-Joe Walker was playing guitar in his dad's band; Musical family

02:20 - Played drums in high school; His older brother, Percy Walker Jr., plays drums too
-Percy Jr. played drums for their dad; Played drums sometimes

03:40 - Started going on the road when he was 17
04:00 - New CD

04:30 - Started playing keyboard, then played accordion
-His grandfather, Melvin Walker, had a band and taught him accordion

06:25 - Triple note accordion, to the keyboard, to the piano accordion
-He's been playing piano accordion for about 10 year

07:40 - He dad played piano accordion; He replaced his dad in the band
08:25 - Recordings: "On My Way"; He was still in school

10:20 - Talk about Joe being able to play all kinds of instruments
-Lil' Malcolm and the House Rockers on Maison de Soul

11:15 - First album recorded in Kinder and the second in Crowley and J.D. Miller's studio
-Mark Miller was in charge; New CD is about to come out; Recorded in South Carolina

13:35 - He toured to Sydney, Australia; Played at New Orleans Jazz Fest

Interview with Percy Walker:

17:00 - Born in Lafayette on July 17th, 1953; Melvin Walker was his dad
-His grandfather, Willie Walker, played accordion; French music
-Melvin and Willie would play at house parties--accordion and washboard; Playing drums on a cardboard box

19:30 - Didn't play any instruments in school; Drums were his first instrument
-Joe, his brother, taught him how to play; Joe convinced their dad to buy him a drums set

21:25 - End of the 1960s, they played "The Twist" and "Limbo Rock"
-Couldn't play zydeco back then
-Melvin played triple note and single note; He was in Joe's rock and roll band

23:00 - Joe, Darrell, Wade, and Percy all played with their dad
-Darrell and Wade were his younger brothers

25:15 - Marcel Dugas and Rockin' Dopsie were some of the only people playing zydeco
-He played with Rockin' Dopsie for a little while when he was 10

27:30 - Sat in with Clifton sometimes on drums; Joe would play guitar; They played with Marcel Dugas

28:45 - They didn't record their early stuff
-He played with Rockin' Sidney and Katy Webster in Lake Charles; His family moved there in 1966

30:50 - After the family band, he started playing accordion at house parties
-Eventually he made a band with Raymond "Toe" (guitar), Butch (tenor sax), Wade (Bass), John W. (drums)
-Joe wasn't in the band

32:20 - Played some zydeco mix with blues

33:00 - Cookie and the Cupcakes; He toured with Katy Webster in the 1970s
-Before, Katy was playing keys on the road with Otis Redding until he died

35:35 - Percy Walker and the House Rockers; They started in the early 1970s

37:15 - 1988 was first recording with Malcolm
-He bought Malcolm a little keyboard, then he started playing accordion; He played piano accordion

40:00 - He recorded one song "Going to the Country" on an independent label in the 1970s
-He never made an album; Mike Leger in Kinder

41:35 - He appeared on "Louisiana Red Hot Tribute to Clifton Chenier and Rockin' Sidney" a couple of years ago

44:40 - Conversation with Percy is over; Phone call with Rog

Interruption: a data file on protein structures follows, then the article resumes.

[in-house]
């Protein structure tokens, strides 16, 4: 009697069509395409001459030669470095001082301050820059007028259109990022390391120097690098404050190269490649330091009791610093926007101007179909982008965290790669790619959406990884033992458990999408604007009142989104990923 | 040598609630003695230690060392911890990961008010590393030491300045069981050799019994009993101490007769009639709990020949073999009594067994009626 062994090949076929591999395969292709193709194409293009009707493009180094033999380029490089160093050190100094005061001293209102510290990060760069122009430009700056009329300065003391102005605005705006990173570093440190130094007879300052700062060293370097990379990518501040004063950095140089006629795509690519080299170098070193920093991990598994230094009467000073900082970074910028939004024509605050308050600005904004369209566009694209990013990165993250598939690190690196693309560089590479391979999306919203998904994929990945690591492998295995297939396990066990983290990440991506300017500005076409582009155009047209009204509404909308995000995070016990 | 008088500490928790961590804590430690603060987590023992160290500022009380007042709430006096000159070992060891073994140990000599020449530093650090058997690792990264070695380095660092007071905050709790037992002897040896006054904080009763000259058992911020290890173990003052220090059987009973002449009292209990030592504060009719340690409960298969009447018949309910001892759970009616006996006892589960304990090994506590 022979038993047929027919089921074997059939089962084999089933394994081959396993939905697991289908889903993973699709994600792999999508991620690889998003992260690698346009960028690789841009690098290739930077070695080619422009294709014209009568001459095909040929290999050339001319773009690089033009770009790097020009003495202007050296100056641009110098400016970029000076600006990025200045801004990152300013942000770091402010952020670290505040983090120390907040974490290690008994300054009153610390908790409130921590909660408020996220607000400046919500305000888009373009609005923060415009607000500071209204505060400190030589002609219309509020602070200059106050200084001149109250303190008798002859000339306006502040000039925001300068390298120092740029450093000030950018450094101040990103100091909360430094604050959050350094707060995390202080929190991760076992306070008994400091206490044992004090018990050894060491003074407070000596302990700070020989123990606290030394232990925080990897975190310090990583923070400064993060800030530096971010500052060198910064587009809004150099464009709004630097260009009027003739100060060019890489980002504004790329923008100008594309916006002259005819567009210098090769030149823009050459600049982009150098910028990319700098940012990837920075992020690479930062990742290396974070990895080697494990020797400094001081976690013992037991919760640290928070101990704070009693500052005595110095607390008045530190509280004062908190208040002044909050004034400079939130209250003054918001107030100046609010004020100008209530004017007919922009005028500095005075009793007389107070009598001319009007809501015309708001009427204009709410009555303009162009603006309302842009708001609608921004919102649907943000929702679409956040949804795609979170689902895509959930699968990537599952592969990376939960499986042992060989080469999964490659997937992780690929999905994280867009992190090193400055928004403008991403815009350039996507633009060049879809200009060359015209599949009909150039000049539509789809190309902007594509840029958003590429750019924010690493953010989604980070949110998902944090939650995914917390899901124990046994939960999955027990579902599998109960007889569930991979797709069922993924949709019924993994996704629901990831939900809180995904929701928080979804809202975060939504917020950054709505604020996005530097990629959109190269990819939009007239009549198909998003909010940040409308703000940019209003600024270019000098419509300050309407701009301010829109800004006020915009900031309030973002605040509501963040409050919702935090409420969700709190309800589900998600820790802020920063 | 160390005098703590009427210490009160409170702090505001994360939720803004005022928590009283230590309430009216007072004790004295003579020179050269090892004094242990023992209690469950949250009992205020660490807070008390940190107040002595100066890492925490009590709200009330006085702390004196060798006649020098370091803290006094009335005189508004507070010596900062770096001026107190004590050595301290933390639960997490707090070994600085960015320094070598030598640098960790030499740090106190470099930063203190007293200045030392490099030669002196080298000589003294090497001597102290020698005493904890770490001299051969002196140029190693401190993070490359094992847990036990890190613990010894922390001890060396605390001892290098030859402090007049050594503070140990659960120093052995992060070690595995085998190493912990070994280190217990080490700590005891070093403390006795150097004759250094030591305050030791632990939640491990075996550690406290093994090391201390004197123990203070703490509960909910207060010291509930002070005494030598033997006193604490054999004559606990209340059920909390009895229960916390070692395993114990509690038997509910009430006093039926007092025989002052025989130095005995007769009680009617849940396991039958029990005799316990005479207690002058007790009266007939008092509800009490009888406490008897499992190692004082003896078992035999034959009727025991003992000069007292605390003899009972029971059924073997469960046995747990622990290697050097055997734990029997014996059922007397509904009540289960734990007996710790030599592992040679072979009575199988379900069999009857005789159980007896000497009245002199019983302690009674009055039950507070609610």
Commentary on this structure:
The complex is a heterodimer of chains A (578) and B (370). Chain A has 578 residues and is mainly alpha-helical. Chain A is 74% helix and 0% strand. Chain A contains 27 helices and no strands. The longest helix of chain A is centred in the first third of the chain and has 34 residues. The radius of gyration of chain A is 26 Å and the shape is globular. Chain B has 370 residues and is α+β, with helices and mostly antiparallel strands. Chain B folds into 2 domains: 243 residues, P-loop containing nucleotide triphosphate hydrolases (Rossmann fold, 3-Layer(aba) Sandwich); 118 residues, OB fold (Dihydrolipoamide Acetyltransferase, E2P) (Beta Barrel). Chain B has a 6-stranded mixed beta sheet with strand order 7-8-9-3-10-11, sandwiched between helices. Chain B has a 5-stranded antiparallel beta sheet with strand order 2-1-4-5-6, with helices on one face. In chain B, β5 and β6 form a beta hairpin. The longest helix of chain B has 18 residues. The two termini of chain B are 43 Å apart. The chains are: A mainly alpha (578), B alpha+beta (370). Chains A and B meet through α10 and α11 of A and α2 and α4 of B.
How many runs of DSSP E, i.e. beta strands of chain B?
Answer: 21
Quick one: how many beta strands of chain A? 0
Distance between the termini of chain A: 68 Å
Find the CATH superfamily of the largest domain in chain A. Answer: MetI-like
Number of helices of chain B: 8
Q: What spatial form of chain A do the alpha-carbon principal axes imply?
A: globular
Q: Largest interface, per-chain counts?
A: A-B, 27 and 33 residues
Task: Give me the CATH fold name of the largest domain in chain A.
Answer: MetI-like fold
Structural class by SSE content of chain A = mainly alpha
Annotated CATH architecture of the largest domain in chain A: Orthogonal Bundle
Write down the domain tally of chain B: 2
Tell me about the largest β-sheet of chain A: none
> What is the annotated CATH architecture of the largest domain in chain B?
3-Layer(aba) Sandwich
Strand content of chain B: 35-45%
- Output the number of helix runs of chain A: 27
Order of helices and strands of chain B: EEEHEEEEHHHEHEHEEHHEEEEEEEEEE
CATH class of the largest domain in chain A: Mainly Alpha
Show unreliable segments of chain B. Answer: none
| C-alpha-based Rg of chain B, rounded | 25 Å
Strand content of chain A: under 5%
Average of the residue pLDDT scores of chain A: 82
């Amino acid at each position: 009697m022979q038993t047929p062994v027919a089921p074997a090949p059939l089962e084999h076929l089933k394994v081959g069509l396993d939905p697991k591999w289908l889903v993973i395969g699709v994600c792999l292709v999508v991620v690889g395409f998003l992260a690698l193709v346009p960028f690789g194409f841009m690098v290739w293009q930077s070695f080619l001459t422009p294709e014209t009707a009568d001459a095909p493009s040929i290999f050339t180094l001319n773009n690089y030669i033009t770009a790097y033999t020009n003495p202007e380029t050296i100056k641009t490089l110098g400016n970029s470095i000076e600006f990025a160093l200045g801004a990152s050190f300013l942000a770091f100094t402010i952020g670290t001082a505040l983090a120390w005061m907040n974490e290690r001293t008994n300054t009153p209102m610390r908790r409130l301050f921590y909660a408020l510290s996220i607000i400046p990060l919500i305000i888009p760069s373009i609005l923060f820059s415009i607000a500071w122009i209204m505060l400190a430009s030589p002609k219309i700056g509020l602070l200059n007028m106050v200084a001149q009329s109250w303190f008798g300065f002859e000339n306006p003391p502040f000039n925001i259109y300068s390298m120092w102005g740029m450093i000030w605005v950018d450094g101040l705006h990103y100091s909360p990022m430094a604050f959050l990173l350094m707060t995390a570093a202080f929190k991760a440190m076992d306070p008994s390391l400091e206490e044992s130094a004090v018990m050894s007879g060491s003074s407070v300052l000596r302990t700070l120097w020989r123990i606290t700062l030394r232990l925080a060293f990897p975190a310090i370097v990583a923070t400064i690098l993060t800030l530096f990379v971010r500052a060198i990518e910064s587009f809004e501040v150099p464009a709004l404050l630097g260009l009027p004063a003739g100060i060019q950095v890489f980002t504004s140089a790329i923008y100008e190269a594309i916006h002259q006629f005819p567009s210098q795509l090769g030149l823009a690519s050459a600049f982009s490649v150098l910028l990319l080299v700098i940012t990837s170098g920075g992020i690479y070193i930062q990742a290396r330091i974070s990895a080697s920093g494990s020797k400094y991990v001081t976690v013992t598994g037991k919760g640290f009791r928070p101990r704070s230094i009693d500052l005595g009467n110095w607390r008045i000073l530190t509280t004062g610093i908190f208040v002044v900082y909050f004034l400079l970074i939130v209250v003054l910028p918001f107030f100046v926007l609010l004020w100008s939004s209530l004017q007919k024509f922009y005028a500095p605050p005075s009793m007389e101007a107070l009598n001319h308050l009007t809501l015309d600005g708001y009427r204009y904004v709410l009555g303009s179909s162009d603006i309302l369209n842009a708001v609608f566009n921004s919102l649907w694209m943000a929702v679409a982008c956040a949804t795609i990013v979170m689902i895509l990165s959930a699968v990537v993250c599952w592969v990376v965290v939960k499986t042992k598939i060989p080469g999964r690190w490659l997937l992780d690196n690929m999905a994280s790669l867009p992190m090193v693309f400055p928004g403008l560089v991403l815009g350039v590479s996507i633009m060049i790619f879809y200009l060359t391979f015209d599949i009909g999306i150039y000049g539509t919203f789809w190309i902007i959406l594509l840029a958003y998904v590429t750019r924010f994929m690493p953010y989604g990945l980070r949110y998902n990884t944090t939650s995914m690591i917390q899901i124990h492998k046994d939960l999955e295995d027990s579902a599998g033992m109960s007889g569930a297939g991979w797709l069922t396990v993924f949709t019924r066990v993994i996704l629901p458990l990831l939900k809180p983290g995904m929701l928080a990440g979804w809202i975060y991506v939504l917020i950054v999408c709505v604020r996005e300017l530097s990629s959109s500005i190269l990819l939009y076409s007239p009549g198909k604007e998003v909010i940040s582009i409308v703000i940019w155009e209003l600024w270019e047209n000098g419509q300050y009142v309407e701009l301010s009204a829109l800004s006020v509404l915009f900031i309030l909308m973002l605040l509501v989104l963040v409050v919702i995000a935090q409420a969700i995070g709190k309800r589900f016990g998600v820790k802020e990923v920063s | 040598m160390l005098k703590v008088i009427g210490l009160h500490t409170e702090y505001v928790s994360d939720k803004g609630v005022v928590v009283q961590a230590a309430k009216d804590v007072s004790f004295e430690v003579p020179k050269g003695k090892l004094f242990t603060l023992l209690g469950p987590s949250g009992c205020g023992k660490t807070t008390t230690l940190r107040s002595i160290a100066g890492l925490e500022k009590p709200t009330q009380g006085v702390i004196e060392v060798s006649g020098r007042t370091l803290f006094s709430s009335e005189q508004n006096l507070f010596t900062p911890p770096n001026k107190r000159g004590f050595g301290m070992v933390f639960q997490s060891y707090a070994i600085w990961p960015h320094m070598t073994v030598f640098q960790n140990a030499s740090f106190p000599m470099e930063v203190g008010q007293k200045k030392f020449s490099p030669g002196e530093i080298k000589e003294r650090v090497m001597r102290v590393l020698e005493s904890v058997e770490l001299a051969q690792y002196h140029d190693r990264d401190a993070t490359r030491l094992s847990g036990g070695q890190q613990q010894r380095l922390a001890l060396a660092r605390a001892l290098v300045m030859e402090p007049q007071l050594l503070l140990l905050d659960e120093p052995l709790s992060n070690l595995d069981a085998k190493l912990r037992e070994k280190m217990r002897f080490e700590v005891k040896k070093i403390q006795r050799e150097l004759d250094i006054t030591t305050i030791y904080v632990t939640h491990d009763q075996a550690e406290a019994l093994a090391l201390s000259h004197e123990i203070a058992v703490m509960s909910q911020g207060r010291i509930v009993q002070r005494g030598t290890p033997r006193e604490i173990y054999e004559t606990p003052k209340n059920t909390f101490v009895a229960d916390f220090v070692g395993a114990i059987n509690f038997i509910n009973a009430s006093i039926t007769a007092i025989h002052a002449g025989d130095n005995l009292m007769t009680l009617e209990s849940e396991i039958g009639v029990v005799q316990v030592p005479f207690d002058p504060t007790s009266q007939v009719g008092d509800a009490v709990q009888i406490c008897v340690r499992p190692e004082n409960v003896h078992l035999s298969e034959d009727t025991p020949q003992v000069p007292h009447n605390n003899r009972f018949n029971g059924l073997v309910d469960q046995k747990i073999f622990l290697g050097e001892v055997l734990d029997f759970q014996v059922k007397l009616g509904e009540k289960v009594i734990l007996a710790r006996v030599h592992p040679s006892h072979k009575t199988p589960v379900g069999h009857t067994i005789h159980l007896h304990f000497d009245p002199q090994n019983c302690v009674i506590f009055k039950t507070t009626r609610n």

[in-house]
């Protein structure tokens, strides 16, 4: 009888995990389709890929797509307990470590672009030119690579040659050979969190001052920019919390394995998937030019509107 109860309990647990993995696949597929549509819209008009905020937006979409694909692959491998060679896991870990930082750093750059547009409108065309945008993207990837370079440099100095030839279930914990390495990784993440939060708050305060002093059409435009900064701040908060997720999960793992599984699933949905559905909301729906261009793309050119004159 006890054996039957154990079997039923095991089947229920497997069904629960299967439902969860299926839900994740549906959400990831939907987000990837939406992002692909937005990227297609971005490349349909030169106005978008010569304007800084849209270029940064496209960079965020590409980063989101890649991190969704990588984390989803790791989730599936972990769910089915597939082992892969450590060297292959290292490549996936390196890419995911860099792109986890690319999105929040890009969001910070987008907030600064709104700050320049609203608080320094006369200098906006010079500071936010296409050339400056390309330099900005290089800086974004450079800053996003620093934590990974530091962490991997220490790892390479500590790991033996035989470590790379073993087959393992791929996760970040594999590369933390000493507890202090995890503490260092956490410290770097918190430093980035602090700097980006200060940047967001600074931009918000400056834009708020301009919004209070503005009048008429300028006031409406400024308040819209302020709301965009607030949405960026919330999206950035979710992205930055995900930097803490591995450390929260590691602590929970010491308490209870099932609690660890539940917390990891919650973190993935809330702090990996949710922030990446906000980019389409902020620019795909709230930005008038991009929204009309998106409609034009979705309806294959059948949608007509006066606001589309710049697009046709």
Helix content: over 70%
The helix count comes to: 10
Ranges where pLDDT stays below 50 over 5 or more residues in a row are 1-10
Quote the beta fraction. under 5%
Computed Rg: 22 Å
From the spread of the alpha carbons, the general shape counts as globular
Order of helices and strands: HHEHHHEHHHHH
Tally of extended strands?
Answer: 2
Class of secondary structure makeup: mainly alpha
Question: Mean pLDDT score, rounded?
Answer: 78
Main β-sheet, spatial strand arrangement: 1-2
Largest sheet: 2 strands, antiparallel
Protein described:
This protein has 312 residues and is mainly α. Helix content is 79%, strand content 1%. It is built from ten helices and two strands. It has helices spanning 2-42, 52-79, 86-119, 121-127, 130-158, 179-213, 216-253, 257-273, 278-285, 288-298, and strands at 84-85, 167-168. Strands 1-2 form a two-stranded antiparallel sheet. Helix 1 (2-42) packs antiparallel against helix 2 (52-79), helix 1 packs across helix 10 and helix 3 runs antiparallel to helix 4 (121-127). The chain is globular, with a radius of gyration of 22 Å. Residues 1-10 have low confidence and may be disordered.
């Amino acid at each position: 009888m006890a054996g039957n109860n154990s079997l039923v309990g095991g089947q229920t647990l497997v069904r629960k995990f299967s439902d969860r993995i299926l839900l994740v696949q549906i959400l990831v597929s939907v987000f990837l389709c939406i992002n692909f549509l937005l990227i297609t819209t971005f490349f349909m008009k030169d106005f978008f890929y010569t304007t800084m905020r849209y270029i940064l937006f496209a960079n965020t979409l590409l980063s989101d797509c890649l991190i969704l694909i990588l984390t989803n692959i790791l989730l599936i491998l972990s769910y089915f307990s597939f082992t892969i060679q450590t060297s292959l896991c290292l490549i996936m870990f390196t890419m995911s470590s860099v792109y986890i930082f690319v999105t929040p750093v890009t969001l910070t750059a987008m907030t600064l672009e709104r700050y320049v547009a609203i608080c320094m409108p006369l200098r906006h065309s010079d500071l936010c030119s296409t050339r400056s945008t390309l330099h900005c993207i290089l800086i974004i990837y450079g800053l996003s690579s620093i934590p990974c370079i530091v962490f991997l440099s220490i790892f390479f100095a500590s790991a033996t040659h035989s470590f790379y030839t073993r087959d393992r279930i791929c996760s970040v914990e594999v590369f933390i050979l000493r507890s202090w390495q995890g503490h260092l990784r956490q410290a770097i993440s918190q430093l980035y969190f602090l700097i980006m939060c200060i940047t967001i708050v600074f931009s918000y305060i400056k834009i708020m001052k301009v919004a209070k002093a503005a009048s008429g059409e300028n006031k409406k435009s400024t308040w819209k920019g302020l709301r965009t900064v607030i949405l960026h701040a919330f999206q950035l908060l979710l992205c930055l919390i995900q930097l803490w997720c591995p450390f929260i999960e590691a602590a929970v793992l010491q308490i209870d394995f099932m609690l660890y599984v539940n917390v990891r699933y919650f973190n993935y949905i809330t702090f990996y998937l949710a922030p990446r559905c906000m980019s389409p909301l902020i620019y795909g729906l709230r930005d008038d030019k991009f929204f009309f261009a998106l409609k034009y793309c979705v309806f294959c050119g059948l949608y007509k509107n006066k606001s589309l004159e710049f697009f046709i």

Language: 
English
Media Type: 
Audio
Collection: 
Benicewicz, Larry
Subject: 
Music; Zydeco; Accordion; Rock
Creator: 
Larry Benicewicz
Informants: 
Lil' Malcolm Walker; Percy Walker
Publisher: 
Larry Benicewicz
Rights Usage: 
All rights reserved
Meta Information
Duration: 
00:47:15
Cataloged Date: 
Tuesday, September 17, 2019
Digitized Date: 
Monday, October 15, 2007
Original Format: 
Audio--Cassette--90
Digital Format: 
Audio
Bit Depth: 
24 bit
Sampling Rate: 
96 kHz
Storage Location: 
Center for Louisiana Studies

Interview with ???

Accession No.: 
BE2-066

***Inaudible***

Language: 
English
Media Type: 
Audio
Collection: 
Benicewicz, Larry
Subject: 
music
Creator: 
Larry Benicewicz
Publisher: 
Larry Benicewicz
Rights Usage: 
All rights reserved
Meta Information
Duration: 
33:59
Cataloged Date: 
Tuesday, September 17, 2019
Digitized Date: 
Monday, October 15, 2007
Original Format: 
Audio--Cassette--90
Digital Format: 
Audio
Bit Depth: 
24 bit
Sampling Rate: 
96 kHz
Storage Location: 
Center for Louisiana Studies

Interview with Bert Frilot Part 1

Accession No.: 
BE2-067

Bert Frilot:

00:15 - Born in April 24, 1939 in Uptown New Orleans; Moved to Chalmette when he was 12
-At 17, he went into the service for five years 1957-1951; Electronics

01:20 - Not interested in music before he was in the business
-Got a job working on equipment and electronics for Cosimo's studio
-He'd steal the manuals to learn about tape recorders
-2 studios and a disc cutting room on Governor Nichols; Two other engineers

04:15 - Cosimo would go to Audio Engineer Society meetings in New York and he'd run the sessions
-Forced him to learn; Three track machine
-Had to build your own consoles; Studio rigging; Air conditioner

08:20 - No company was mass producing consoles in the 1960s; Jone's Studio; Moving Sidewalks

10:30 - He recorded Irma Thomas, Lee Dorsey
-As well as, Ernie K-doe, Barbara George, Prince Lala, Huey Smith, Tammy Lynn, and more

13:55 - Lee Lavergne; Story about Barbara Lynn
-She changed words to a song and mentioned integration and the crowd got upset
-She had to be escorted out

16:25 - Jimmy Donley; He recorded all the Huey Meaux sessions